if (sender) startNonBlockingDelay(1000); // delay at least 9 bit-intervals to allow resynch of connected serial ports if needed.
            Serial.printf("\t\tSent: %lu\tGood In: %lu\tBad In: %lu\n", sentBytes, goodRecBytes, badRecBytes);
            Serial.println("Received bytes:");
            for (int x = 0; x < 256; x++) {
                if (receivedByteCount[x] > 0)
                    Serial.printf("%3d: %lu\n", x, receivedByteCount[x]);
            }
            lastMillis = millisNow;
        }
    }
    
    // ----------- Utility functions ---------------
    
    bool _delaying = false;
    unsigned long delayStartMicros = 0;
    unsigned long _duration;
    void startNonBlockingDelay(unsigned long duration) {
        if (_delaying) {
            Serial.println("Error: Call to startNonBlockingDelay() while already delaying.");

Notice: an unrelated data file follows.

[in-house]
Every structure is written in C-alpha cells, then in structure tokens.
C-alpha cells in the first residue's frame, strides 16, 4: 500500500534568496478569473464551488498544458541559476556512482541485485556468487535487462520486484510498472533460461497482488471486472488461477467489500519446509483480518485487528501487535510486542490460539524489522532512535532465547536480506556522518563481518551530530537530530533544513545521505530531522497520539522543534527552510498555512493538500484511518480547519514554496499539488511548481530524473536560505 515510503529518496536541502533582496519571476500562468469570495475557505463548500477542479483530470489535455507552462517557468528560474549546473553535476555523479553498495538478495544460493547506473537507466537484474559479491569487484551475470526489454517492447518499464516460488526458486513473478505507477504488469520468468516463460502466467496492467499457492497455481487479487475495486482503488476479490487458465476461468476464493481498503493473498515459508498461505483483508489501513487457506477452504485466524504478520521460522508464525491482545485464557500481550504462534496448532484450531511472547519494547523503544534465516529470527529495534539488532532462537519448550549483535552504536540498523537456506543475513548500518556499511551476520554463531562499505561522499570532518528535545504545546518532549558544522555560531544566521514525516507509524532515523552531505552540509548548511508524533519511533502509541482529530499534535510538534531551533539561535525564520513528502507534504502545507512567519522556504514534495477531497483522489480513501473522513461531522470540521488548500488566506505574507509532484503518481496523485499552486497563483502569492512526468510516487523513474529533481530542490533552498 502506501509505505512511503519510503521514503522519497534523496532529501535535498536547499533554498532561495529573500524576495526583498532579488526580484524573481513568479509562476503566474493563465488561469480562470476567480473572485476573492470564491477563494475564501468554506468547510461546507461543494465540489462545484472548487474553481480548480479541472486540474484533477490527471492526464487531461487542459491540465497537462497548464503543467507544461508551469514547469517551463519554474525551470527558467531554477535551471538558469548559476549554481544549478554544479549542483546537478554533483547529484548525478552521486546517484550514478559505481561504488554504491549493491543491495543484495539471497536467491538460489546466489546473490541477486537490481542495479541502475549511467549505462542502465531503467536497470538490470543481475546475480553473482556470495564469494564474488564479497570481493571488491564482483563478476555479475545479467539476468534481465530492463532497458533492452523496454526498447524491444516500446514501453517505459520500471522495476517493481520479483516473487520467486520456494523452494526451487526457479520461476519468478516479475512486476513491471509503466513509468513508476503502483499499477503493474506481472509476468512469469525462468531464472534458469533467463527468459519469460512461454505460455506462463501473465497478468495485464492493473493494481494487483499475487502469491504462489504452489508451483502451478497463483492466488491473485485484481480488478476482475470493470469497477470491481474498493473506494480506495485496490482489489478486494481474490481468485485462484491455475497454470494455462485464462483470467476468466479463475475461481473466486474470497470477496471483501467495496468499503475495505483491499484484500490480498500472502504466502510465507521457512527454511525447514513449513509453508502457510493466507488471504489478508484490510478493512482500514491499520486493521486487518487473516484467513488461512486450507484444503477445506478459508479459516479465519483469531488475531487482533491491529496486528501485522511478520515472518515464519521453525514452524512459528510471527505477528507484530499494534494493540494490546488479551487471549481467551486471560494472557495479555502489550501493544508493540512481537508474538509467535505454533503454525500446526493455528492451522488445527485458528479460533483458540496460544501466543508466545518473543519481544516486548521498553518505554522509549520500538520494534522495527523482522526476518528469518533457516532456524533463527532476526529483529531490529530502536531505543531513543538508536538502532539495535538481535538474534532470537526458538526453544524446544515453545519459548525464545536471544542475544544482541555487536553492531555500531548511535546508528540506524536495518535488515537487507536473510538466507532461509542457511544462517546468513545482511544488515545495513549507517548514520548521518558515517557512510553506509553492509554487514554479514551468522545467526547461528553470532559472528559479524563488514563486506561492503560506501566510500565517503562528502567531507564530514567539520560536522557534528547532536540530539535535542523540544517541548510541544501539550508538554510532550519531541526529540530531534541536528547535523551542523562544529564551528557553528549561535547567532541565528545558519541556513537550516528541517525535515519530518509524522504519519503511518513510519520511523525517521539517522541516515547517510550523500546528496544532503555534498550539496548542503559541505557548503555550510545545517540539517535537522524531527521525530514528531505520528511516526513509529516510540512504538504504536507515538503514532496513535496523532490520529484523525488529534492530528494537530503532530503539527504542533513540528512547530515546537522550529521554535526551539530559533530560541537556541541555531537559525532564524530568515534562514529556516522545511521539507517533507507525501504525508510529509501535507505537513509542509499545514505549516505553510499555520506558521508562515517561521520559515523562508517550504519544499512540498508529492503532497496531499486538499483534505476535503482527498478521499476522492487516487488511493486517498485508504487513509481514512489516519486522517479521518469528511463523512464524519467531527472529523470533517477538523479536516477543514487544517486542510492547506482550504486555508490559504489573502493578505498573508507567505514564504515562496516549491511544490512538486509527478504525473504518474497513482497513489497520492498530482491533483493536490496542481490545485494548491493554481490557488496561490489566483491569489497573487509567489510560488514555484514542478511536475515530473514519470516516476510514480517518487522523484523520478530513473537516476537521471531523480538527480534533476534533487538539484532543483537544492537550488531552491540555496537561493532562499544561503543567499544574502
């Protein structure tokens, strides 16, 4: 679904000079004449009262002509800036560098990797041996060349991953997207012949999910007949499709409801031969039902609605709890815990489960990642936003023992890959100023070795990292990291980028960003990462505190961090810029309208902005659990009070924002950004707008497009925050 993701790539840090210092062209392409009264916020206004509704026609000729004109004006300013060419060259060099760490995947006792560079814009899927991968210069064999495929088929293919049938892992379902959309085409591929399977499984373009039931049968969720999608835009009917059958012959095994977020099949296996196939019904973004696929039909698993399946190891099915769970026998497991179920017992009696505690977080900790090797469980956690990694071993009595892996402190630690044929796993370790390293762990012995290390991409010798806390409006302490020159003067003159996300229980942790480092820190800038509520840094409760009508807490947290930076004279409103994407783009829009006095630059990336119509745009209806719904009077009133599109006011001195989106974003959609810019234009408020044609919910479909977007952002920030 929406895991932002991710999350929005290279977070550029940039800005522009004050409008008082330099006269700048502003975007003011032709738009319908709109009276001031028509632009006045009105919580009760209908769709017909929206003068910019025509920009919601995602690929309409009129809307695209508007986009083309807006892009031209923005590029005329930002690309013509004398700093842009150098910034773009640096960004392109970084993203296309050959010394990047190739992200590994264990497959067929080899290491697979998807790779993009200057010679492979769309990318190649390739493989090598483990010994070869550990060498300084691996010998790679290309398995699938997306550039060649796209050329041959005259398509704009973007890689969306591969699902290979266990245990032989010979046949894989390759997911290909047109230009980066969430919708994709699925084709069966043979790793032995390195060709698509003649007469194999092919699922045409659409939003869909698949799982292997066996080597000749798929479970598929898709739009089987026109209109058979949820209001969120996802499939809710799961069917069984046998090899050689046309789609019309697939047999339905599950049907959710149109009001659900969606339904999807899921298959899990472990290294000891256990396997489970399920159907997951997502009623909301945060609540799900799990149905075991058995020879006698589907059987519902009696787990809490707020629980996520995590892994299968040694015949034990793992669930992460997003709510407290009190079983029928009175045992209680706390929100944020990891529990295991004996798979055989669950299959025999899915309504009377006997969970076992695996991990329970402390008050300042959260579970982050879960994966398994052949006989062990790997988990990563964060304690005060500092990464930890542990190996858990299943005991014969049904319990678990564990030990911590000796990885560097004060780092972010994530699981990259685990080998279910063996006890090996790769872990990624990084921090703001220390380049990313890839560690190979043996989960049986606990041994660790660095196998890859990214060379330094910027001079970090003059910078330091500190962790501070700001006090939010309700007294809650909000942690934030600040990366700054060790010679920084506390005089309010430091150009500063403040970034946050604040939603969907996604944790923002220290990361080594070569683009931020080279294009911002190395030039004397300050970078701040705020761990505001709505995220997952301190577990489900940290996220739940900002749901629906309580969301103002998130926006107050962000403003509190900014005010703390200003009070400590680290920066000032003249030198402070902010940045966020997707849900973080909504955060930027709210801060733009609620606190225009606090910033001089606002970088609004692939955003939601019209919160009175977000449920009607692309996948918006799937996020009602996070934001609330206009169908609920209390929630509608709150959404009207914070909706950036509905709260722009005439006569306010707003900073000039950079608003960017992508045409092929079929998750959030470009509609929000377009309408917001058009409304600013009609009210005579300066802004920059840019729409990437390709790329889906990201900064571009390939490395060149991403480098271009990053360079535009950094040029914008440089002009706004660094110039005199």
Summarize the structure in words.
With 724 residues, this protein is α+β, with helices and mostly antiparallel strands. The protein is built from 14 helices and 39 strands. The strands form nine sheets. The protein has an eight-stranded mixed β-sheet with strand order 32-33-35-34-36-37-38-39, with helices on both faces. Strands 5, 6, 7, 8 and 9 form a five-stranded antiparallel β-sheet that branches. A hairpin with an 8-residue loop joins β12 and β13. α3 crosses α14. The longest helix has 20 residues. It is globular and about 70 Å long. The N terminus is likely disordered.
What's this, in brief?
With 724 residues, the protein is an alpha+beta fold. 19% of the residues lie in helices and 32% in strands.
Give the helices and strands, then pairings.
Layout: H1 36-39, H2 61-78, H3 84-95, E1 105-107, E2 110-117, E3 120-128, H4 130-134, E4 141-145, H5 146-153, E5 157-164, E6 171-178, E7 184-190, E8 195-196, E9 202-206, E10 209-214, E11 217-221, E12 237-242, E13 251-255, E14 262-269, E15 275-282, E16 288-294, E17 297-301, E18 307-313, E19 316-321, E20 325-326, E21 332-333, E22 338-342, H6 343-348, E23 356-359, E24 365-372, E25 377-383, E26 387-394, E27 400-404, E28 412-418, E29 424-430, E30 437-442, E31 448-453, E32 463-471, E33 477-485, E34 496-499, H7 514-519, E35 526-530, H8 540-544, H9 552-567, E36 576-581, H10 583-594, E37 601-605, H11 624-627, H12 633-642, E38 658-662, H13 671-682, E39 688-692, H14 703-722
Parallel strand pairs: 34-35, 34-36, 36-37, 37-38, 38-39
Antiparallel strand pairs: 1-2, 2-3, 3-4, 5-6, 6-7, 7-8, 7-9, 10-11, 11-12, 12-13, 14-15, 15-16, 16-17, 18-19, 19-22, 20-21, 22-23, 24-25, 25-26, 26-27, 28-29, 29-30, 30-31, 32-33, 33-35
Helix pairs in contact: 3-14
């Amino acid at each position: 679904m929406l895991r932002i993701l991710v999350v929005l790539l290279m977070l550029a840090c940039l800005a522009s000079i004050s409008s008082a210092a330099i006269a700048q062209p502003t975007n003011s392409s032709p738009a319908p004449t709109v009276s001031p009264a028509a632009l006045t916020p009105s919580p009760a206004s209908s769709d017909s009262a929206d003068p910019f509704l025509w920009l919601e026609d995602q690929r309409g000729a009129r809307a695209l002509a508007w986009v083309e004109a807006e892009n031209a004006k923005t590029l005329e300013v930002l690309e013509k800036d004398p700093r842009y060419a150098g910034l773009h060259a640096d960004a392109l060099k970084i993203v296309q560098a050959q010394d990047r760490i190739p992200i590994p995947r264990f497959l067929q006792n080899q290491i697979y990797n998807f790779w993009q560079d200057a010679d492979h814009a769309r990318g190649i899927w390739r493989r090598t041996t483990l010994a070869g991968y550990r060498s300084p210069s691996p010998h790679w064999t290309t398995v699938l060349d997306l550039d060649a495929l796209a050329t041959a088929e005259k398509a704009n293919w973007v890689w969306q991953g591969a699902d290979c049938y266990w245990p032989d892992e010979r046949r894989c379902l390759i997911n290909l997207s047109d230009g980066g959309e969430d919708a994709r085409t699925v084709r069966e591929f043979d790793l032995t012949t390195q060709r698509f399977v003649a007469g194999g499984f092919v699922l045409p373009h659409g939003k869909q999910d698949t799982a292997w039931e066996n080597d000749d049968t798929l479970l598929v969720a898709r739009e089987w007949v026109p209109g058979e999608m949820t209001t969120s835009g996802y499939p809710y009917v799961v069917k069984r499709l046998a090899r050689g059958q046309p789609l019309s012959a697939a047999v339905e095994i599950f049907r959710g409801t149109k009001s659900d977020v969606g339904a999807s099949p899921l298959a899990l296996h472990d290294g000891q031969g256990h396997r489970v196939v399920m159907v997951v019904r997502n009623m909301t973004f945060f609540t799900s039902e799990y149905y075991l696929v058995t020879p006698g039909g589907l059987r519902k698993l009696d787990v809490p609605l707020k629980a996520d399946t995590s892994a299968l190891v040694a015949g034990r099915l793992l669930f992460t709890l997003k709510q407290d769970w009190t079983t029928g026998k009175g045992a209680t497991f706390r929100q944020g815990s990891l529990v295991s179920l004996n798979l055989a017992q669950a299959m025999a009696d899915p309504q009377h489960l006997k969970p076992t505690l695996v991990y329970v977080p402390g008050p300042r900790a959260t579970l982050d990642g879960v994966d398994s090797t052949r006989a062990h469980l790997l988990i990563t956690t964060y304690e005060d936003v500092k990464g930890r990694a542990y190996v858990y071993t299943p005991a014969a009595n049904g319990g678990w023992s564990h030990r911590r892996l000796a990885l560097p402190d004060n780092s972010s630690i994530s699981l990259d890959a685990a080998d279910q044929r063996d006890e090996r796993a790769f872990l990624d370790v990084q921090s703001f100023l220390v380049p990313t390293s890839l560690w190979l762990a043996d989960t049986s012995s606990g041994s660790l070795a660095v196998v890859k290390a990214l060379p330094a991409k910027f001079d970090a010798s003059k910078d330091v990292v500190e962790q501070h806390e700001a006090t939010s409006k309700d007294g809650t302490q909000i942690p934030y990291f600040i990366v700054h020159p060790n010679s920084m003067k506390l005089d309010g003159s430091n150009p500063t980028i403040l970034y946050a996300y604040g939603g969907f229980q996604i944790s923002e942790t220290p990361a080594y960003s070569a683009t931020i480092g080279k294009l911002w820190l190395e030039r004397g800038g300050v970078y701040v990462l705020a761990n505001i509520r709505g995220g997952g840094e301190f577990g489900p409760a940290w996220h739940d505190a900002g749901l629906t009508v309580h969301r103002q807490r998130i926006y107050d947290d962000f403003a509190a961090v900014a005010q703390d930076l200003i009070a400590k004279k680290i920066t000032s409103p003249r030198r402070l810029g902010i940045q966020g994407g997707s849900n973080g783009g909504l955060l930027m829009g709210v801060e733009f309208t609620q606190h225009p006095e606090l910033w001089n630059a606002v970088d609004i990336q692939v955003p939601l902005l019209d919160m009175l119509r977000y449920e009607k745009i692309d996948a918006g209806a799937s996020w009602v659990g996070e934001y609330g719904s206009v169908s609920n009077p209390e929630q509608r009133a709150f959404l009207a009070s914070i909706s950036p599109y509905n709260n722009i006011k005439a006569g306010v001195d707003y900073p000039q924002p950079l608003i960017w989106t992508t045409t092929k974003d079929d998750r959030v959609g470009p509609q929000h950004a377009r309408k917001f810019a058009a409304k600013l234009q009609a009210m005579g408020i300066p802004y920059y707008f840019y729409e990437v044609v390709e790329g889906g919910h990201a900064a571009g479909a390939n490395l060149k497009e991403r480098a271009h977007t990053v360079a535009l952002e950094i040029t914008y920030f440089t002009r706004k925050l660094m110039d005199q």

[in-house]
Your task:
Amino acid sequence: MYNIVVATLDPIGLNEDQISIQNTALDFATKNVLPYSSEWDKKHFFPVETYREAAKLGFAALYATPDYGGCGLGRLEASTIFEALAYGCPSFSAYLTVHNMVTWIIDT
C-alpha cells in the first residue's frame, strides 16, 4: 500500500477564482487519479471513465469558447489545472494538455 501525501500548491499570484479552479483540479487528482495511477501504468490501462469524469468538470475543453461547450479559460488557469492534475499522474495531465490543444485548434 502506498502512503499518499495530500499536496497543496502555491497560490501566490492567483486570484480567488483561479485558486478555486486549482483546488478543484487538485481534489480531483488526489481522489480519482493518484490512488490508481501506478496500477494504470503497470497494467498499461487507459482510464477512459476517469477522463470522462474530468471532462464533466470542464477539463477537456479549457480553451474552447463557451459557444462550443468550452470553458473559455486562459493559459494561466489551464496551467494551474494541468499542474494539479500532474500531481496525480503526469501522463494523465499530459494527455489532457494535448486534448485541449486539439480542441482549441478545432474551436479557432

} else {
          _duration = duration;
          delayStartMicros = micros();
          _delaying = true;
        }
    }
    
    bool isDelaying(void) {
        if ((_delaying) &&
            (micros() > (delayStartMicros + _duration))) {
                _delaying = false;
        } 
        return(_delaying);
    }

  11. #11
    Senior Member Davidelvig's Avatar
    Join Date
    Aug 2015
    Location
    Wisconsin
    Posts
    326
    Picture of setup - each Teensy USB-connected to its own MacBook running Teensyduino 1.5.3
    Click image for larger version. 

Name:	dual teensy setup.jpg 
Views:	18 
Size:	69.7 KB 
ID:	25239

    (Coin cell and Audio Shield are non-contributing extras, I hope)

  12. #12
    Senior Member Davidelvig's Avatar
    Join Date
    Aug 2015
    Location
    Wisconsin
    Posts
    326
    Representative Sender side serial monitor snippet:
    Sent: 2213632 Good In: 0 Bad In: 52801
    Received bytes:
    222: 1
    223: 23
    239: 3
    246: 1
    251: 1
    253: 501
    254: 1927
    255: 50344
    Sent: 2225164 Good In: 0 Bad In: 53026
    Received bytes:
    222: 1
    223: 23
    239: 3
    246: 1
    251: 1
    253: 505
    254: 1933
    255: 50559
    Representative Receiver side serial monitor snippet
    Sent: 0 Good In: 1818943 Bad In: 4257384
    Received bytes:
    9: 2776955
    11: 4
    13: 30
    40: 1075188
    42: 316
    44: 65984